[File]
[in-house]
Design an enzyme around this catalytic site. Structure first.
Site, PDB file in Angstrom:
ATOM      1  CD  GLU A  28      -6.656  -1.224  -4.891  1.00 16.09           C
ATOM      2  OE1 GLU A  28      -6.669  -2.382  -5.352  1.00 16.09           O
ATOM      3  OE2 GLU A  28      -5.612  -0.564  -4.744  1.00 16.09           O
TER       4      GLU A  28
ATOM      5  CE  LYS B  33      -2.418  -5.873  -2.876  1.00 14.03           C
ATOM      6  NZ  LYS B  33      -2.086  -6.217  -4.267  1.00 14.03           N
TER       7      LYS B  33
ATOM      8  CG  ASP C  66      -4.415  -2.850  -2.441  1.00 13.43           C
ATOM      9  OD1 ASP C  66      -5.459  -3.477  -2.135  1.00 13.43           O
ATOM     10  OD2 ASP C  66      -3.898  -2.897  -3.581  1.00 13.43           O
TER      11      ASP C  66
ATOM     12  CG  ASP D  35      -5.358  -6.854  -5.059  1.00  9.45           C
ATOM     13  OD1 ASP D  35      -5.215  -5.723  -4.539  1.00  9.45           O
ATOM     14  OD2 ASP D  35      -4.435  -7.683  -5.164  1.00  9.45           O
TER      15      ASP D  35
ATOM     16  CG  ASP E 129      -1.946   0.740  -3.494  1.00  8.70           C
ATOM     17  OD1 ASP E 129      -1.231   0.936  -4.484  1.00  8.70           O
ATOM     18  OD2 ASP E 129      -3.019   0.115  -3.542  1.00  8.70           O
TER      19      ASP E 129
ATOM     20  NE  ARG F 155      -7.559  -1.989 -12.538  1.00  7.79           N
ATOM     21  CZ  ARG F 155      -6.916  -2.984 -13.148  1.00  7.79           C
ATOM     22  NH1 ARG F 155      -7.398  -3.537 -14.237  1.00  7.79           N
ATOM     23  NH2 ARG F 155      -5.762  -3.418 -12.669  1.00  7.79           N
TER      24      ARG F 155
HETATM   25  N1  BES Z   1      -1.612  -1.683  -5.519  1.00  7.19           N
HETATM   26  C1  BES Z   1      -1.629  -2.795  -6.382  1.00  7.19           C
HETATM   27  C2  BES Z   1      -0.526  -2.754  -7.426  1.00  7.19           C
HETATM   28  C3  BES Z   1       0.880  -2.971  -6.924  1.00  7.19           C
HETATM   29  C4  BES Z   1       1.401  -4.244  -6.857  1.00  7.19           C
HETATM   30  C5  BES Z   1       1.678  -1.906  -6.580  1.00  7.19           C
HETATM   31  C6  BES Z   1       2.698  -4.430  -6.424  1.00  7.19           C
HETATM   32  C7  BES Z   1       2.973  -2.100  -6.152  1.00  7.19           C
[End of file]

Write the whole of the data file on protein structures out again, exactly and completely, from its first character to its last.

[in-house]
Design an enzyme around this catalytic site. Structure first.
Site, PDB file in Angstrom:
ATOM      1  CD  GLU A  28      -6.656  -1.224  -4.891  1.00 16.09           C
ATOM      2  OE1 GLU A  28      -6.669  -2.382  -5.352  1.00 16.09           O
ATOM      3  OE2 GLU A  28      -5.612  -0.564  -4.744  1.00 16.09           O
TER       4      GLU A  28
ATOM      5  CE  LYS B  33      -2.418  -5.873  -2.876  1.00 14.03           C
ATOM      6  NZ  LYS B  33      -2.086  -6.217  -4.267  1.00 14.03           N
TER       7      LYS B  33
ATOM      8  CG  ASP C  66      -4.415  -2.850  -2.441  1.00 13.43           C
ATOM      9  OD1 ASP C  66      -5.459  -3.477  -2.135  1.00 13.43           O
ATOM     10  OD2 ASP C  66      -3.898  -2.897  -3.581  1.00 13.43           O
TER      11      ASP C  66
ATOM     12  CG  ASP D  35      -5.358  -6.854  -5.059  1.00  9.45           C
ATOM     13  OD1 ASP D  35      -5.215  -5.723  -4.539  1.00  9.45           O
ATOM     14  OD2 ASP D  35      -4.435  -7.683  -5.164  1.00  9.45           O
TER      15      ASP D  35
ATOM     16  CG  ASP E 129      -1.946   0.740  -3.494  1.00  8.70           C
ATOM     17  OD1 ASP E 129      -1.231   0.936  -4.484  1.00  8.70           O
ATOM     18  OD2 ASP E 129      -3.019   0.115  -3.542  1.00  8.70           O
TER      19      ASP E 129
ATOM     20  NE  ARG F 155      -7.559  -1.989 -12.538  1.00  7.79           N
ATOM     21  CZ  ARG F 155      -6.916  -2.984 -13.148  1.00  7.79           C
ATOM     22  NH1 ARG F 155      -7.398  -3.537 -14.237  1.00  7.79           N
ATOM     23  NH2 ARG F 155      -5.762  -3.418 -12.669  1.00  7.79           N
TER      24      ARG F 155
HETATM   25  N1  BES Z   1      -1.612  -1.683  -5.519  1.00  7.19           N
HETATM   26  C1  BES Z   1      -1.629  -2.795  -6.382  1.00  7.19           C
HETATM   27  C2  BES Z   1      -0.526  -2.754  -7.426  1.00  7.19           C
HETATM   28  C3  BES Z   1       0.880  -2.971  -6.924  1.00  7.19           C
HETATM   29  C4  BES Z   1       1.401  -4.244  -6.857  1.00  7.19           C
HETATM   30  C5  BES Z   1       1.678  -1.906  -6.580  1.00  7.19           C
HETATM   31  C6  BES Z   1       2.698  -4.430  -6.424  1.00  7.19           C
HETATM   32  C7  BES Z   1       2.973  -2.100  -6.152  1.00  7.19           C